"Everyone on the team understands that no one is guaranteed ice time and no one is guaranteed to be in the line-up every night. Everyone understands that in every single practice everyone needs to come and bust their butts to force coach not to take you out," commented Joyce. "Our practices aren't even comparable to years past because of the energy on the ice and how hard everyone is pushing one another. You don't take off drills, everyone goes 110 percent every day because you can't take a day off. That competitive nature bleeds into the games and I think you can see the results."
"We always talk about every single day getting better, that's our goal. We started slow earlier in the year but every single game we were getting better," continued Terres. "Now with this recent success; it's all about how can we keep getting better even though things are going well right now. It's the little things that we are going to have to keep getting better at. It's about working hard in practice and improving every day. I think if we do that, things will take care of themselves."
Currently with 20 points (6-7-1-1 in the WCHA; 11-11-2 overall) heading into their final 10 games of the regular season, the Beavers find themselves 11 points behind third-place Ohio State who, coincidentally, they will face the last weekend of the season. It's a difficult stretch of games that also includes top-ranked Wisconsin. Still, the one thing that Scanlan has learned while coaching this team is that who they are playing doesn't matter. When he walks into the locker room he can see it in his player's eyes. The 2017-18 Beavers just want to compete. Whether it's in practice or in a game, his squad is hungry and they want to get better. They have gotten a taste of success and want more.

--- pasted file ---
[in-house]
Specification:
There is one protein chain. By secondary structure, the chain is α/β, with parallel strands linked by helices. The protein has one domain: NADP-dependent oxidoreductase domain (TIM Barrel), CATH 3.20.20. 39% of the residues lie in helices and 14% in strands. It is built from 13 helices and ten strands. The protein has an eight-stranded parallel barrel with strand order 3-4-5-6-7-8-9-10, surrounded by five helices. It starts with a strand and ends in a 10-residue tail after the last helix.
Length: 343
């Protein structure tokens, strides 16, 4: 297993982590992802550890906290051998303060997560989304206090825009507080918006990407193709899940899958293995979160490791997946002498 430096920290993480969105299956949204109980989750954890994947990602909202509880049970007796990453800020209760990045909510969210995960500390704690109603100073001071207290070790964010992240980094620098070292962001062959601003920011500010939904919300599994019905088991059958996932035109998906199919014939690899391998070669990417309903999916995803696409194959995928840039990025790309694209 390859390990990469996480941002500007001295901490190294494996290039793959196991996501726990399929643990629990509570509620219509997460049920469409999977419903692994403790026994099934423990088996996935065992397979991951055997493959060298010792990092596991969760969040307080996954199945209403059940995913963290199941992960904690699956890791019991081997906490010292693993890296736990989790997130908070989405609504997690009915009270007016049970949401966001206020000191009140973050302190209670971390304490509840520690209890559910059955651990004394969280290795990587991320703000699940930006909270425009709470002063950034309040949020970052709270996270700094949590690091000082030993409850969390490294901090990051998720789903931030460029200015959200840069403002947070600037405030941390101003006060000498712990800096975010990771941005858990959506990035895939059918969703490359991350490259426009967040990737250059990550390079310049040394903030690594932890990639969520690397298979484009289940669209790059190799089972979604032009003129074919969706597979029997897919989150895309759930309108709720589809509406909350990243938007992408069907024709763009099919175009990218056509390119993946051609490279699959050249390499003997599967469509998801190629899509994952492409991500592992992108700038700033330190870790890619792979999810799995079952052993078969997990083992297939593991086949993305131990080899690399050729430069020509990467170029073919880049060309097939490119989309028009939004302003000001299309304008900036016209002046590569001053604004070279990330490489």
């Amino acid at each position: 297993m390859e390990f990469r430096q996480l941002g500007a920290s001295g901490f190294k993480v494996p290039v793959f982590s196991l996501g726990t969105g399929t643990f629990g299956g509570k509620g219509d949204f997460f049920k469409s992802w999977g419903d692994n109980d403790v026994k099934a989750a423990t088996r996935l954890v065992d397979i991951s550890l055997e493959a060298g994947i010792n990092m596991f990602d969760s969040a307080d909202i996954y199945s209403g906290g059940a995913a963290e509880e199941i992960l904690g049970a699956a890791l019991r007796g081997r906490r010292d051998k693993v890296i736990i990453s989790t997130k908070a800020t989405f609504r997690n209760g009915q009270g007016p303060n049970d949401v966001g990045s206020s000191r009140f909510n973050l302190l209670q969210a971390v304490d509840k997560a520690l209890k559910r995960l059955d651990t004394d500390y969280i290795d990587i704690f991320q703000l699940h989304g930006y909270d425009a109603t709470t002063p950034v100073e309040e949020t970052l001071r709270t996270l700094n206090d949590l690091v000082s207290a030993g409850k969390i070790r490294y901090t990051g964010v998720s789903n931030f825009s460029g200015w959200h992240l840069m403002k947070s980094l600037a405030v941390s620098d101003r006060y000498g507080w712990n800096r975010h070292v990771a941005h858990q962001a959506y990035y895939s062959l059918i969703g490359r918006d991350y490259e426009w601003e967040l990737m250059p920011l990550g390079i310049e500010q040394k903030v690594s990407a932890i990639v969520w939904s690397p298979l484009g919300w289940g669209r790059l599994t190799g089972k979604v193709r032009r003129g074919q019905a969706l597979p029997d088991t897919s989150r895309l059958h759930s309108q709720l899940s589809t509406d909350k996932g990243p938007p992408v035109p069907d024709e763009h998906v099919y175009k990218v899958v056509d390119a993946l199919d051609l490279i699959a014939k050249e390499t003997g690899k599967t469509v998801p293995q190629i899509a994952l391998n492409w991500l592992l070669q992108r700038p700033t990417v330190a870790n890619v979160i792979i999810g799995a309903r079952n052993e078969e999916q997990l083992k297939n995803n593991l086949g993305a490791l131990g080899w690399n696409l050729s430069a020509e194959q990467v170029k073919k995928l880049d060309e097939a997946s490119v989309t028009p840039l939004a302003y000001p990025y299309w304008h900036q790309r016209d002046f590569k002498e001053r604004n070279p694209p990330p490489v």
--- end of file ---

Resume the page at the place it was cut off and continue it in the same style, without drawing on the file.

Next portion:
"Every team in this league is dangerous. It's always a battle no matter who you play. As far as our group, I think we can continue to get better. We only have 10 games left in the regular season, but every time we step on the ice it's an opportunity to get better. We want to be playing at our best at the end of the year," remarked Scanlan. "That's been the focus for this team, let's take advantage of that time and let's keep pushing it. When you finally get to that point anything can happen. As a coach, I just know that if we keep doing that, things are going to work out. We all know what hockey is like, it can be pretty cruel at times, but you at least want to be playing your best hockey and if we are, that's all I can ask for. If we keep playing hard and getting better we are going to be a handful for anyone we play."
The Beavers jump back onto the ice this weekend at Minnesota Duluth this Friday and Saturday in a crucial WCHA series, as BSU is three points ahead of the Bulldogs in the league standings. Saturday's contest will be televised live on FOX Sports North PLUS.